Chaparral

Street signs at Chaparral and Featherline roads are seen in Killeen Friday, March 16, 2018. Residents who live near Chaparral Road refer to the area as a “sleepy little neighborhood.” Some residents are opposed to the new high school that could be built near Chaparral and Featherline roads if at least one proposition of the two-part bond called by Killeen Independent School District passes in a May 5 election.

The Killeen Independent School District plans to open a new high school in 2022, but plans to widen the road that serves it are still in flux.

Chaparral Road may look drastically different in the near future. Currently, the road is a narrow, bumpy, two-lane street with an increasing amount of traffic from development.

As part of its 2018 bond program, KISD plans to build the new high school along Chaparral Road in southern Bell County near the border of Killeen and Harker Heights. The voter-approved bond program, costing a total of $426 million in taxpayer money, will pay for construction of new schools and renovations to existing schools, including ADA compliance and security upgrades.

The high school, which the district said will house more than 2,000 students and cost about $171 million, is a result of the bond program voters approved in May, and will be built near Chaparral and Featherline roads.

The new school will feed onto Chaparral Road, a two-lane thoroughfare primarily owned by Bell County that has been the focus of concern by city of Killeen officials.

Representatives from four involved parties, which include the school district, Bell County, the city of Killeen and the city of Harker Heights, have been discussing potential modifications to the Chaparral neighborhood to improve safety until funding has been allocated for the Chaparral expansion.

Potential KTMPO makeover

In December, a project to reconstruct and widen Chaparral Road from two lanes to four lanes with a center turn lane and bicycle and pedestrian facilities between State Highway 195 and Farm-to-Market 3481 was submitted by the City of Killeen to the Killeen-Temple Metropolitan Planning Organization as part of the group’s call for projects up to 2045.

The estimated cost of the three-phase project is $23 million, according to Uryan Nelson, KTMPO’s Planning and Regional Services Division director. In total, $18 million has been temporarily allocated to the Chaparral overhaul, with an anticipated dispersal of 2028. Right now, the final phase does not have any funding allocated.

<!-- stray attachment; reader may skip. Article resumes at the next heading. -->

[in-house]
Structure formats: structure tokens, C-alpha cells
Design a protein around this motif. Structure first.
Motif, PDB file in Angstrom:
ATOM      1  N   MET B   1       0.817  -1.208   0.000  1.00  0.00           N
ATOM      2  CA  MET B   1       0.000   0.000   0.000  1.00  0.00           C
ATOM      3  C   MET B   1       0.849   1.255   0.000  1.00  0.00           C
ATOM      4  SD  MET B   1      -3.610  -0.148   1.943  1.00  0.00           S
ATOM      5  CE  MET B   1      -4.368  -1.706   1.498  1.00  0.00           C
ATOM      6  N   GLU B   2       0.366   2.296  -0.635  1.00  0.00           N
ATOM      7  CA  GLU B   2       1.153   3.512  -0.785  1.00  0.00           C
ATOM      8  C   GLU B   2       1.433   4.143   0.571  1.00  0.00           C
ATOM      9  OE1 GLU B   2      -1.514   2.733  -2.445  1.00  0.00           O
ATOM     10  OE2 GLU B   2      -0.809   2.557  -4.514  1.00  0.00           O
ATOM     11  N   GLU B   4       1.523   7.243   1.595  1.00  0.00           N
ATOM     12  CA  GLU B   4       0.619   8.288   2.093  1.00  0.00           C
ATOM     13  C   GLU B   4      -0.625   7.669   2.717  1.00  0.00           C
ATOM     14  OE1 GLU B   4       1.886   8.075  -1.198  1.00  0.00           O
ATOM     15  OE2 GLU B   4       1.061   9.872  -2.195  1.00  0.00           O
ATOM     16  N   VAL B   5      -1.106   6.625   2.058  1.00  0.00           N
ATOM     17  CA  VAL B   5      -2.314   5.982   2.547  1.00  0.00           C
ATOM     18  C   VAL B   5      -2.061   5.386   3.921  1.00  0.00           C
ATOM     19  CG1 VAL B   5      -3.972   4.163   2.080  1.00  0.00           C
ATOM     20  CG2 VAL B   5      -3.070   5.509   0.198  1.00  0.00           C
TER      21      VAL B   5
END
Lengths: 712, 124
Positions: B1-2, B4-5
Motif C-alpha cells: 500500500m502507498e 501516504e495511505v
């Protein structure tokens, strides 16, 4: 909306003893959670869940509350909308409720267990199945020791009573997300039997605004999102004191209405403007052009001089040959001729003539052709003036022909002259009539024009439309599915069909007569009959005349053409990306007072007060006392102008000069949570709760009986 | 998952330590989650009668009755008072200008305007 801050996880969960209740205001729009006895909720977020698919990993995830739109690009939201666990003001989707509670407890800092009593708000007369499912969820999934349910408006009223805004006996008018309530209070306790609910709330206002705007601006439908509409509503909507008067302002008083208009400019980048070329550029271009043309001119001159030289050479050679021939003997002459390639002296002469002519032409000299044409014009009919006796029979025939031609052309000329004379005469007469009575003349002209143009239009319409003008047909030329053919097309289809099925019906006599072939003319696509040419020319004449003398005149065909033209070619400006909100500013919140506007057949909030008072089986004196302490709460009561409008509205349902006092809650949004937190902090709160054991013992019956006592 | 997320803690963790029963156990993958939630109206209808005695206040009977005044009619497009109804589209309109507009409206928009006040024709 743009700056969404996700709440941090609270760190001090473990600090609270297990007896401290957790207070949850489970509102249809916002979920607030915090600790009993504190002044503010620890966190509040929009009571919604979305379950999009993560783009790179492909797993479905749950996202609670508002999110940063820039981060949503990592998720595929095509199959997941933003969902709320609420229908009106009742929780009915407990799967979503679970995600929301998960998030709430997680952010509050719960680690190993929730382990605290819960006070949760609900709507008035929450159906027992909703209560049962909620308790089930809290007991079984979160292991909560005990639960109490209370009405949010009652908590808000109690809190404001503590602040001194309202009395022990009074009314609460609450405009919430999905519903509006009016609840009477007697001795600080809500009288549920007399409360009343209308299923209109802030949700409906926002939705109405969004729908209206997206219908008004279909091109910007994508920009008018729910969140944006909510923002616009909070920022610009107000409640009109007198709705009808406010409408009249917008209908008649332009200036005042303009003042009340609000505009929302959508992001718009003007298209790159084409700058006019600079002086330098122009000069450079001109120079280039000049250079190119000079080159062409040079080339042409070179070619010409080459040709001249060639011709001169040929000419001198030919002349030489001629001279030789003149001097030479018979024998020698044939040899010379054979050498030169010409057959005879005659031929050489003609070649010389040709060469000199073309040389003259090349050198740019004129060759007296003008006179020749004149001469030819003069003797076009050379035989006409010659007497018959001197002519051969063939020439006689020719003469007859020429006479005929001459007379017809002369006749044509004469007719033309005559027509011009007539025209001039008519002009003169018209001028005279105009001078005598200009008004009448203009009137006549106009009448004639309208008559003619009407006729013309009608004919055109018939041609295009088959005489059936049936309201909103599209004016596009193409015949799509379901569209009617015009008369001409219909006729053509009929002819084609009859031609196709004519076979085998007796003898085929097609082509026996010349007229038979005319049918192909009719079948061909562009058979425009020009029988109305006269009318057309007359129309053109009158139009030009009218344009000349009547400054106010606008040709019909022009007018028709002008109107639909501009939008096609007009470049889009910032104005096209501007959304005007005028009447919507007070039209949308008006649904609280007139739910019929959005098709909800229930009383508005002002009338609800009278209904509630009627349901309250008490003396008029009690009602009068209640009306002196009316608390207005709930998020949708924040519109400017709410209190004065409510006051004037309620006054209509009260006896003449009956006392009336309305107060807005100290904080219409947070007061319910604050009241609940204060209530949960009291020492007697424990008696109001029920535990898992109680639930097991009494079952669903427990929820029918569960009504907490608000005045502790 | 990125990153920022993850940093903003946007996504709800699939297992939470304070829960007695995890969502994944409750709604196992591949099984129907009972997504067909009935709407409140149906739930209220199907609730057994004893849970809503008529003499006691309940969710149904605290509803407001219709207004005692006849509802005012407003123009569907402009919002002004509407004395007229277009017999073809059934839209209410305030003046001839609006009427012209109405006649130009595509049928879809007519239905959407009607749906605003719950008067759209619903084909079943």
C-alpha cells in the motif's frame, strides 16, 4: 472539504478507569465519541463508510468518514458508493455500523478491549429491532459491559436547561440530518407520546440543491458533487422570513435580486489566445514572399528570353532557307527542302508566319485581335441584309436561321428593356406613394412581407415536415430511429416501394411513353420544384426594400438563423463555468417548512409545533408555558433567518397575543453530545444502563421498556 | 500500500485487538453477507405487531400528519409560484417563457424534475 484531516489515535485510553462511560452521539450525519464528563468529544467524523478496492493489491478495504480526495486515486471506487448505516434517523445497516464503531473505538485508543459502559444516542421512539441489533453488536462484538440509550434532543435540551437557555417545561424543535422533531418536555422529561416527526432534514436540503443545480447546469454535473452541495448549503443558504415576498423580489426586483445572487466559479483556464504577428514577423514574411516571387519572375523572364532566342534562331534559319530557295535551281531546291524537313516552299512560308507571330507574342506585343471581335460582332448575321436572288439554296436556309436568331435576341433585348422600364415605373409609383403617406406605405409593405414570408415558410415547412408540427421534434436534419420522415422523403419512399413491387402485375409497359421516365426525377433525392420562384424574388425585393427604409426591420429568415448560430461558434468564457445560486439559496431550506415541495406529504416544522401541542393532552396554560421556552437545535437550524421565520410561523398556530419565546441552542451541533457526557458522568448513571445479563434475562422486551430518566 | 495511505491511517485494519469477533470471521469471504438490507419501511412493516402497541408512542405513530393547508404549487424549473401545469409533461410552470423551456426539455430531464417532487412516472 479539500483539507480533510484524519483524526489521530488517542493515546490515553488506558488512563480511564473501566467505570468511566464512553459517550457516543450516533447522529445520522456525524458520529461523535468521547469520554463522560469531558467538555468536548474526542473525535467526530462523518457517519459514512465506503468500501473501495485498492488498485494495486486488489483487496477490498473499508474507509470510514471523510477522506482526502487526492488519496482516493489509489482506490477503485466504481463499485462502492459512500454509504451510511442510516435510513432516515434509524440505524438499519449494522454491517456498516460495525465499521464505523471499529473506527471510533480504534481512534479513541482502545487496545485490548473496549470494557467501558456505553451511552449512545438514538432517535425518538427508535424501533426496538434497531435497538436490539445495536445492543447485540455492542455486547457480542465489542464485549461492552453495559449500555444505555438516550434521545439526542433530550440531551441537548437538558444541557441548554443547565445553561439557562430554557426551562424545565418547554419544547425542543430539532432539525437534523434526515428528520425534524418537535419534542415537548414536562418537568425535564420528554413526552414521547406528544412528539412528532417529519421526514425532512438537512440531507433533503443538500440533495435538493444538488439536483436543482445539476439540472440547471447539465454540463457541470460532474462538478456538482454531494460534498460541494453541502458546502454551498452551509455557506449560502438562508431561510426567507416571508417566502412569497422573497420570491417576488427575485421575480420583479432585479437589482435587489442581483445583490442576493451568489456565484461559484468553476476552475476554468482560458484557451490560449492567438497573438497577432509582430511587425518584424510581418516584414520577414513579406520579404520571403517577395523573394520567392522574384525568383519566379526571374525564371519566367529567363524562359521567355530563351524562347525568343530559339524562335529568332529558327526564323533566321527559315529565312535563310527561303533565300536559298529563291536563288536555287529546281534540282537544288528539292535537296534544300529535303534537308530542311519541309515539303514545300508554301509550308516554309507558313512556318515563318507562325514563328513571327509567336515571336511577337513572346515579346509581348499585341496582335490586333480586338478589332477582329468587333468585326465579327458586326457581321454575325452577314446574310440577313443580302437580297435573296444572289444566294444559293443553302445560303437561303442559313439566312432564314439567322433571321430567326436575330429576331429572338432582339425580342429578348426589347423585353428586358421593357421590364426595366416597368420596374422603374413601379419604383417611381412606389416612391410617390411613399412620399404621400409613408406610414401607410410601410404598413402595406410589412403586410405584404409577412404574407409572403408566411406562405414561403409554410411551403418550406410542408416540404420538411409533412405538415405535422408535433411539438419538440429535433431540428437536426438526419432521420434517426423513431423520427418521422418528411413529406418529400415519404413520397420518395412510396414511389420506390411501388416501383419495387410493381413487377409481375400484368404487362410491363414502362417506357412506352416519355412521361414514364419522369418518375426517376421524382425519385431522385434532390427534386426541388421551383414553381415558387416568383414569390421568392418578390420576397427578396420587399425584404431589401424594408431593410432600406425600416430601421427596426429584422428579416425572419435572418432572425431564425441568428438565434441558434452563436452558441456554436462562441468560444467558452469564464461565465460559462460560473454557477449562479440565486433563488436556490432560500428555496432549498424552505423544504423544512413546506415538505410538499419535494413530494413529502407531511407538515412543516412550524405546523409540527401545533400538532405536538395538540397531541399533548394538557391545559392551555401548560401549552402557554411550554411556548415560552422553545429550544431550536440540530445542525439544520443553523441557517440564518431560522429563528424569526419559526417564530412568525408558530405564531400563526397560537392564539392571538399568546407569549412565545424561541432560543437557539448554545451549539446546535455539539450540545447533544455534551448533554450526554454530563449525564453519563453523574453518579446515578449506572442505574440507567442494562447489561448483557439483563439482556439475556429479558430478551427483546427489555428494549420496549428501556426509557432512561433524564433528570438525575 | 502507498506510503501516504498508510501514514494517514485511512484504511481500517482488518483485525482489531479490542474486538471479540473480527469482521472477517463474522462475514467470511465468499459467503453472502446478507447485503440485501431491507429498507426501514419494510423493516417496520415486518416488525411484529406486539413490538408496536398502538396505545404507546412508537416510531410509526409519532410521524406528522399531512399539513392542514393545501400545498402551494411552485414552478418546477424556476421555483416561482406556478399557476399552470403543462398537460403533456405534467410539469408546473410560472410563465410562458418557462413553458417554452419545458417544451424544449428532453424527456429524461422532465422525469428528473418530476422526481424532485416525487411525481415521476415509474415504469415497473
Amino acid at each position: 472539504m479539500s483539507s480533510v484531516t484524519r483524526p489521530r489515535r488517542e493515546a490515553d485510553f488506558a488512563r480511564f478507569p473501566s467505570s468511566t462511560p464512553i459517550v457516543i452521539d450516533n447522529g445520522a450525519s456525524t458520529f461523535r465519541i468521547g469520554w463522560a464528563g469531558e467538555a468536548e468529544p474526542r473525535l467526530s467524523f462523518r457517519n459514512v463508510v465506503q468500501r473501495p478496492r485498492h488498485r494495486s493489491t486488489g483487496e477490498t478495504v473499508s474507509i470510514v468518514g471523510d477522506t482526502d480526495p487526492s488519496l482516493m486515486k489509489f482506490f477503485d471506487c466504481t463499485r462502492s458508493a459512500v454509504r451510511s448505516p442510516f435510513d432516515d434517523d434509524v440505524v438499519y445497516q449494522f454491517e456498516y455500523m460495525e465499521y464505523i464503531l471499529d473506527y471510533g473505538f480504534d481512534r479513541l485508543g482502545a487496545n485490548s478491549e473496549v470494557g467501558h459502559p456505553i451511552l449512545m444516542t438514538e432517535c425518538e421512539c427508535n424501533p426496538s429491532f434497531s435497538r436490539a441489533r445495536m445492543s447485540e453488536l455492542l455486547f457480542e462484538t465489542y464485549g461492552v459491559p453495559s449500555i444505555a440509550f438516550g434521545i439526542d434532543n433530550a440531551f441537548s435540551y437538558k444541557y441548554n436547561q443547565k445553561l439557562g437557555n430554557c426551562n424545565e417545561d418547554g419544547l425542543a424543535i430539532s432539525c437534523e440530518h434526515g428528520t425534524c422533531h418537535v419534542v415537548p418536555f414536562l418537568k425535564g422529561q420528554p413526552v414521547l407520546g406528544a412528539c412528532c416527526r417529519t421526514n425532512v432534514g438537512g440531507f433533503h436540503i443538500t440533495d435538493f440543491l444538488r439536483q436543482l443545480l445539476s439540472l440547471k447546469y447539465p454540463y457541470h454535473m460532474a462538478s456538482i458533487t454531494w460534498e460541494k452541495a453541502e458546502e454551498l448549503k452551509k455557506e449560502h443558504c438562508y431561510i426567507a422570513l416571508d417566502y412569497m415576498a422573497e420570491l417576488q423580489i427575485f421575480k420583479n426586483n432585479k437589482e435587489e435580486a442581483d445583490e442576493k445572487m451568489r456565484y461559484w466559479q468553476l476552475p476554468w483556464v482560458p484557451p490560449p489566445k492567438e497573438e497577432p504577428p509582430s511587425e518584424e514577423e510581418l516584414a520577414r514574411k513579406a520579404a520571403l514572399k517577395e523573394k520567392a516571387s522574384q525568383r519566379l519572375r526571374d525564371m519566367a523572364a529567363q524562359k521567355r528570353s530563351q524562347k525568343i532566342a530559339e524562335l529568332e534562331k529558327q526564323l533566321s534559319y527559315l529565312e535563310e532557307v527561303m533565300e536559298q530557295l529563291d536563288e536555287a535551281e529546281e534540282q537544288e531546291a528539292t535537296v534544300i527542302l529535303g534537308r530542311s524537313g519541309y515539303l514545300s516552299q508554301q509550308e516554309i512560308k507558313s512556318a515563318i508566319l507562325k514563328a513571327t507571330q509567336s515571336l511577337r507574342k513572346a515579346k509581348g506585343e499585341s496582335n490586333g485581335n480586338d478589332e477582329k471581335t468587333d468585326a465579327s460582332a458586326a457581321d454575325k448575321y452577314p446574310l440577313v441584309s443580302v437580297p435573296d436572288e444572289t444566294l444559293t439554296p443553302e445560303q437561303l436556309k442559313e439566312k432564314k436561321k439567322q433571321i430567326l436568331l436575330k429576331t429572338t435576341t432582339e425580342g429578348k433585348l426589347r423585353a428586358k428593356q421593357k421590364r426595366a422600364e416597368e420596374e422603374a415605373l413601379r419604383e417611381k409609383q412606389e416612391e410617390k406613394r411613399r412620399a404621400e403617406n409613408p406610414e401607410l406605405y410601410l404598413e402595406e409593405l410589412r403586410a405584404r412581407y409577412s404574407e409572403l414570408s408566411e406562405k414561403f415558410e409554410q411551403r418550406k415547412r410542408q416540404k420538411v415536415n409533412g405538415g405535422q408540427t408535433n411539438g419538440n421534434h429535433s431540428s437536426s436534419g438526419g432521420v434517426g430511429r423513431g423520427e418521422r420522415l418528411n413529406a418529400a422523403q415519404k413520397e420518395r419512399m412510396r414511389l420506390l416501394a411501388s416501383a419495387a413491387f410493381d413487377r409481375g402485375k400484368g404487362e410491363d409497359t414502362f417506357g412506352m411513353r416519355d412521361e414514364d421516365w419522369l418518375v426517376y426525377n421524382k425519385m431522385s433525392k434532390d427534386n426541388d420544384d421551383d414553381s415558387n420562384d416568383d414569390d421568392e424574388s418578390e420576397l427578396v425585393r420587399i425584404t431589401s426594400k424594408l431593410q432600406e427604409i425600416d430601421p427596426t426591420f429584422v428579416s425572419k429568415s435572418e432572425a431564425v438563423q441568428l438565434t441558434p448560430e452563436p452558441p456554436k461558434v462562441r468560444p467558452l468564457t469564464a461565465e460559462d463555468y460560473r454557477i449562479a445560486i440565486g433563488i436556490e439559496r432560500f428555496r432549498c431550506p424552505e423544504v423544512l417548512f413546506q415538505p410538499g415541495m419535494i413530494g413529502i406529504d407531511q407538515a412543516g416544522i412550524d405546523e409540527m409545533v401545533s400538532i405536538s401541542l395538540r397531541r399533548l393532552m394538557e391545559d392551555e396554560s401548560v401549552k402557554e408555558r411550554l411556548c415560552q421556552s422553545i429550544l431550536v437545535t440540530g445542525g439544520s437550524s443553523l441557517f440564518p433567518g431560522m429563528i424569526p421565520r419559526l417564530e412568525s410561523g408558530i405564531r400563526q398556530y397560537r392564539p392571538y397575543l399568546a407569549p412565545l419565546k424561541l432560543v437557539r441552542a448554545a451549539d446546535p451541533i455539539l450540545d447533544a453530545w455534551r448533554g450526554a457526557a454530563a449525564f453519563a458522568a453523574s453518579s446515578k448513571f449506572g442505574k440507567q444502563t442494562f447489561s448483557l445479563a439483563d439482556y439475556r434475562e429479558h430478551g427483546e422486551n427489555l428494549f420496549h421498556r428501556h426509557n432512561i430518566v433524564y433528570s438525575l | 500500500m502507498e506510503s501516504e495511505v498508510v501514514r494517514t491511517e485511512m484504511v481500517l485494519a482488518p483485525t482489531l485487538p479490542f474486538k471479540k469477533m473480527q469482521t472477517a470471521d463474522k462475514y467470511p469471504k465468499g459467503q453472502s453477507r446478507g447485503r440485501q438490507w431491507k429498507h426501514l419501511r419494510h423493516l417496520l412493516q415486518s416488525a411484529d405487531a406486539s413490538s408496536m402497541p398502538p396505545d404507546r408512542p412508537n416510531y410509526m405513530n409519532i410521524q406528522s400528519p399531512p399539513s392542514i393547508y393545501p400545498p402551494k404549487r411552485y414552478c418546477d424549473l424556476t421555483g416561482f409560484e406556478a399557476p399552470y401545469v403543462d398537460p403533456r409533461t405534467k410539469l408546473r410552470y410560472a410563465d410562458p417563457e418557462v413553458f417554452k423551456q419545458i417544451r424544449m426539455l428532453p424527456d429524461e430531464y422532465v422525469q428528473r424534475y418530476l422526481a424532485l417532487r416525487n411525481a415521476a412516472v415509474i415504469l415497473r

Still, according to Nelson, nothing is certain.

“It is important to note that these funds are temporarily assigned and will not be permanently assigned to the project until KTMPO’s short-range planning window aligns with the letting dates of the projects, assuming no changes are made in the overall priority listing and funding order of regional transportation projects,” Nelson said. “Currently, the project is in project development phase, an effort that is managed by (Killeen).”

In the meantime

While waiting for that potential redesign, KISD has discussed potential willingness to participate in the Chaparral expansion project by providing right of way for Chaparral within the new high school’s property boundaries, according to Superintendent John Craft.

That would include potentially funding a small portion of the roadway that is on KISD property, “if it appears the district will be ahead of the city and county, to ensure the safety of our students and community, and to potentially avoid having to deconstruct the frontage after the campus has opened,” Craft said.

According to Bell County Judge David Blackburn, talks between all entities are on a “conceptual level” and those talks have not yet produced any commitments or decisions about participation in the project by any entity.

That is, except for the fact that KISD is going to build a high school in the Chaparral Road neighborhood. Construction vehicles were moving dirt at the future school’s location this week.

“If I had to categorize the ‘phase’ that the road project is currently in, I would say ‘conceptual,’” Blackburn said. “Our hope is that we can move toward memorandum of understanding that outlines the respective entities contributions toward the project within the next 90 days or so.

“We are continuing in the discussions, and I believe all are committed to working toward a cooperative and collaborative approach toward getting the project done.”

Early last year, the Killeen City Council briefly flirted with the idea of a $30 million bond election that would have paid for the expansion of Chaparral to accommodate new residential and school growth, alongside a package of nearby road projects.

The council reached a consensus not to pursue that bond as it sought a mutual funding arrangement between the city, county and school district in the future.

The council decided to “strategically defer” a $30 million bond election originally proposed for last May.

At the time, City Manager Ron Olson said he was hopeful the Chaparral improvements would qualify for KTMPO funding.

State taking notice

While Chaparral Road is not a state-maintained highway, the Texas Department of Transportation has taken notice to development in south Bell County.

A project will install traffic signals at the intersection of Highway 195 and Chaparral Road.

Beyond preliminary talks, no official work on the potential project has begun, according to TxDOT spokesman Ken Roberts.

“Increased traffic and expansion of 195 itself really demands we put something in there that will increase the efficiency and safety along 195 in the area,” Roberts said. “The school, subdivisions and the veterans cemetery ... all that growth out there, we have to accommodate.”

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